Most films about famous poets tend to play like old TV commercials for pop music anthologies. If Jane Campion had directed Bright Star in that mode, it’d play more like John Keats’ Greatest Hits. Voice-overs would recite the 19th-century romantic poet’s signature couplets over pretty landscapes and literal images — "Ode on Grecian Urn" with shots of gleaming crockery, perhaps — culminating with lush soundtrack music and a weeping, cheering crowd.
Bright Star breaks the biopic mold and doesn’t even include “Grecian Urn,” probably Keats’ most-studied work from English lit 101. Campion, who directed the Oscar-winning The Piano, includes plenty of verse, but places most of the lines in the context of the film’s central relationship. Keats’ star-crossed love for neighbor Fanny Brawne informed some of the young poet’s greatest work, including the title sonnet.
When the pair first meets and falls in love in Hampstead, Keats and Brawne reverse some of early 19th-century England's gender roles. Keats (Ben Whishaw) defends honest emotion over show-offy cleverness, while Brawne’s (Abbie Cornish) interest in fashion earns her a modest income. “My stitching has more admirers than your scribblings put together. And I made money from it,” Brawne points out to Keats’ lifelong friend and collaborator, Charles Armitage Brown (Paul Schneider). Oh, snap!
Although Keats tends to be the poster boy for the young, wan romantic poet too beautiful for this world, Whishaw plays against the easy stereotypes. Though physically frail, Whishaw’s Keats takes pleasure in silly parlor games and playing outdoors with Brawne’s young siblings, and conveys equal passion for Brawne and his craft. Cornish, meanwhile, captures the exhilaration and depression of unrequited love, since Keats’ ill health and lack of income make marriage an impossibility.
Knowing the couple has no future, Brown works to undercut the budding relationship at every turn. Contemporary audiences may wonder if a homoerotic dynamic exists between the two poets, but primarily Brown sees the young woman as a threat to Keats’ poetry. He essentially appoints himself as guardian of Keats’ genius, whether Keats wants it or not. Schneider’s performance tends to be a bit one-note — he’s constantly blocking Brawne with variations on the same contemptuous smile — but it marks a striking change from his nice-guy role on NBC’s “Parks and Recreation.”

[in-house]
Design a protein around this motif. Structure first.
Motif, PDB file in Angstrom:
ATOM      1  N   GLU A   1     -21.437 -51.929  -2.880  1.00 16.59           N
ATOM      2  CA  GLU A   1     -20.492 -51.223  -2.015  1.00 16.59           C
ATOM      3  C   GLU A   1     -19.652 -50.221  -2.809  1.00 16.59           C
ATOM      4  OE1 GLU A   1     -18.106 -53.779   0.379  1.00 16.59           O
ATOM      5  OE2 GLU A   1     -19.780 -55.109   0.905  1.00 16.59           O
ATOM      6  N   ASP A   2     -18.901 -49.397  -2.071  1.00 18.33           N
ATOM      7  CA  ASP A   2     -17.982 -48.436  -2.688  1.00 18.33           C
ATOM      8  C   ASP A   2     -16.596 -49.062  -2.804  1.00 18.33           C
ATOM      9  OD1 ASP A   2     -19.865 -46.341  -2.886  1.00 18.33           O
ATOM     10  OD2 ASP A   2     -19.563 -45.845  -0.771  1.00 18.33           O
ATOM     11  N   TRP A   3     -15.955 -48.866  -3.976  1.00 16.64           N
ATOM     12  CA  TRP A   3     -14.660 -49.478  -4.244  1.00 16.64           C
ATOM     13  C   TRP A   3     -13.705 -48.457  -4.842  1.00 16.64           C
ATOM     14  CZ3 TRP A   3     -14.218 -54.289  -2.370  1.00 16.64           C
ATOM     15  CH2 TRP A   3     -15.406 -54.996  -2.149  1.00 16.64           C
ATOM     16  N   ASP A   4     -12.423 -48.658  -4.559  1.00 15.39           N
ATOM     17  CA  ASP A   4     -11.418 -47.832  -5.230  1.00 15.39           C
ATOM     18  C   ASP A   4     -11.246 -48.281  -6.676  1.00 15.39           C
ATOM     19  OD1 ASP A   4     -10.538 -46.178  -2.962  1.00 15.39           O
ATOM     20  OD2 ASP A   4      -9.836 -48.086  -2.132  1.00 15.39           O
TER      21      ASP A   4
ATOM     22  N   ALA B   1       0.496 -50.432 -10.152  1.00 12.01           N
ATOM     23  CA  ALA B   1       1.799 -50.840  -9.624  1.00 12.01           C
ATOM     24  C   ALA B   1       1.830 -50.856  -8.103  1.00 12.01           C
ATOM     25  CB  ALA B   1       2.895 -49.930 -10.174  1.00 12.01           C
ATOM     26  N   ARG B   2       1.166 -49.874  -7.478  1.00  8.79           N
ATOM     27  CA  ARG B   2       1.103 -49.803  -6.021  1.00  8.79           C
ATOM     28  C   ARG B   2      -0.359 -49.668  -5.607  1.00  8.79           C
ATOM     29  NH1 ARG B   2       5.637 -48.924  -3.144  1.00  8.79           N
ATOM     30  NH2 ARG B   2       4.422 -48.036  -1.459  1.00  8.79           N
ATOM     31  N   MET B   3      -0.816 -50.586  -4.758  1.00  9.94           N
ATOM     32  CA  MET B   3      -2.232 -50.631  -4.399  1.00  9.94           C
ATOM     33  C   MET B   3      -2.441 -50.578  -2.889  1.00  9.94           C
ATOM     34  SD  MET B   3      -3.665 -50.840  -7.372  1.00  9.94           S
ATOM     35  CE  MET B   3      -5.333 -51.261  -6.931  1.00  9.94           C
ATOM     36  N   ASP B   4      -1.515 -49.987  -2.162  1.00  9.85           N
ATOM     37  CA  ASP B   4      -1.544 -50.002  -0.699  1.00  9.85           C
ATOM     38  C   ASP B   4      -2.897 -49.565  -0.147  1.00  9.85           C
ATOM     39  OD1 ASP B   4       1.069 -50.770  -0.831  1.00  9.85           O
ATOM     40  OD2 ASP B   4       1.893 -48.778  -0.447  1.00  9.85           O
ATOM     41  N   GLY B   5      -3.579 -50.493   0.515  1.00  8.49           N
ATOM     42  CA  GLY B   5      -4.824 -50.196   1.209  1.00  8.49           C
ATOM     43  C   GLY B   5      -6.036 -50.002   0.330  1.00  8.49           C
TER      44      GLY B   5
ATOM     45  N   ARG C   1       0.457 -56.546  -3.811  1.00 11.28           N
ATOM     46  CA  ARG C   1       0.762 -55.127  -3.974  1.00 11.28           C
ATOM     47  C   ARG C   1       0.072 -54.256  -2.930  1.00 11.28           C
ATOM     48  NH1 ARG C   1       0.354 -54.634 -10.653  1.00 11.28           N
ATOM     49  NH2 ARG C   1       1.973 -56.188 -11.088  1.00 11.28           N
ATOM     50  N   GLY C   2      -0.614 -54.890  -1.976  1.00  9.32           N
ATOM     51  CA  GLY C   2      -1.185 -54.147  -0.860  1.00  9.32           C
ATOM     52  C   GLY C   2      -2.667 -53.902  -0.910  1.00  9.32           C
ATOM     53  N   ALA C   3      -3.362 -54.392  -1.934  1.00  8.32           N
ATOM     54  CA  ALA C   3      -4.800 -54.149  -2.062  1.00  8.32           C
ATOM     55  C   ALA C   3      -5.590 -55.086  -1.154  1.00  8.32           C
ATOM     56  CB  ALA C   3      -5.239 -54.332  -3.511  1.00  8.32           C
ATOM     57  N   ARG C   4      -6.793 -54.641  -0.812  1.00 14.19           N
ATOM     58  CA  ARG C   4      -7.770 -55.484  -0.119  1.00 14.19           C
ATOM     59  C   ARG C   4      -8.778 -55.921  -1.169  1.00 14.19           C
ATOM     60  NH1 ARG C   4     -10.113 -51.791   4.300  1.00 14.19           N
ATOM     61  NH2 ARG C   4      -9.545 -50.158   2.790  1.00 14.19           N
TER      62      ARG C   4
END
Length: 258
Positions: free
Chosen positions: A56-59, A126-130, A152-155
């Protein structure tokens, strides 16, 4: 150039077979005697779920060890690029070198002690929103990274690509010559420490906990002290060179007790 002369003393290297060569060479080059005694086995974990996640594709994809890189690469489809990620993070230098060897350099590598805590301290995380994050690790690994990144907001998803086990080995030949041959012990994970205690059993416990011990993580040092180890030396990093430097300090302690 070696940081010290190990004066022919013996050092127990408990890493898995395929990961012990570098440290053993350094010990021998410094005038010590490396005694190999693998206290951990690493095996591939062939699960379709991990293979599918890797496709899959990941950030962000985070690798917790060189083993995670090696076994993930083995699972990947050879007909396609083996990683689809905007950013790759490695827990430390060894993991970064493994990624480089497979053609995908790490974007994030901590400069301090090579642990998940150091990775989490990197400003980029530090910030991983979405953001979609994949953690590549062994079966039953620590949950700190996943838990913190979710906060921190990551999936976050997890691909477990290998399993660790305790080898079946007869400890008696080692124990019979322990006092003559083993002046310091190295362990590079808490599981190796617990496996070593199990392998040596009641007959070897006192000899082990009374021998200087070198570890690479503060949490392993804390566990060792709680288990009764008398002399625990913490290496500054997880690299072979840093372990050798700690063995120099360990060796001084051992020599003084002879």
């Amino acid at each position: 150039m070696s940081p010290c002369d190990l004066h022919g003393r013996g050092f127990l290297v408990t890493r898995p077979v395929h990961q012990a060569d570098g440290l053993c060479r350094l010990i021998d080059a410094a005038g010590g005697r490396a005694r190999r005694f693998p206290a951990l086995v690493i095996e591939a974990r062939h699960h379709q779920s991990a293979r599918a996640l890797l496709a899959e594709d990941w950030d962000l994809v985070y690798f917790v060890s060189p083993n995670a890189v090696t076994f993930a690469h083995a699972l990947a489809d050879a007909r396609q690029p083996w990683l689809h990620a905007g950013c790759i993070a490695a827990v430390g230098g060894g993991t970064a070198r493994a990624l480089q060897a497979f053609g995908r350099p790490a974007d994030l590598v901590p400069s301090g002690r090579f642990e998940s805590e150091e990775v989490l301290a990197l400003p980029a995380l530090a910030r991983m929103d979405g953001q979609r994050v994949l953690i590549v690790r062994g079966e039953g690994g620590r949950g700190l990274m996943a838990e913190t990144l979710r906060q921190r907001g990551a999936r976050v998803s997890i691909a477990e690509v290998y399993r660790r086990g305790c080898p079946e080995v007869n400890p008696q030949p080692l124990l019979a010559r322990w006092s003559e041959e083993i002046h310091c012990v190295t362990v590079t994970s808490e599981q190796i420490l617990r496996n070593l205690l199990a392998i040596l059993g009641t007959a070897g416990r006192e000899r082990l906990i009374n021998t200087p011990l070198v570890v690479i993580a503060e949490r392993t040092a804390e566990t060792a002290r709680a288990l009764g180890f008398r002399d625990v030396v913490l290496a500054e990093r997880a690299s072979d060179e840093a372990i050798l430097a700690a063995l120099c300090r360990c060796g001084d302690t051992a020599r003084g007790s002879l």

Compared to the Jane Austen films that take place slightly before this time period, Bright Star captures the simple pastimes, close quarters and nearly the smells of 19th-century middle-class life. Rather than have a sense of cameras and wardrobe mistresses just out of view of the impeccably appointed shots, Bright Star seems like it's been shot through a time machine. The settings seem smaller, dirtier and rougher-hewn than the usual period piece. Throughout the film, Brawne’s young brother and sister are always close at hand, reflecting both claustrophobic proximity and the warmth of shared family lives.
Campion frequently presents shorter, less conclusive scenes than the usual literary love story. She also avoids a melodramatic tone, so an aching sense of futility hangs over Keats and Brawne’s affair. Even if you don’t know how Keats died, you brace yourself for an unhappy ending. Campion’s film can feel draggy and repetitive in its second hour, but it’s also one of the most convincing and deeply felt author biopics in years: Bright Star will serve as a role model for films to come. It takes to heart the lesson from “Ode on a Grecian Urn”: “Beauty is truth, truth beauty, — that is all/Ye know on earth, and all ye need to know.”
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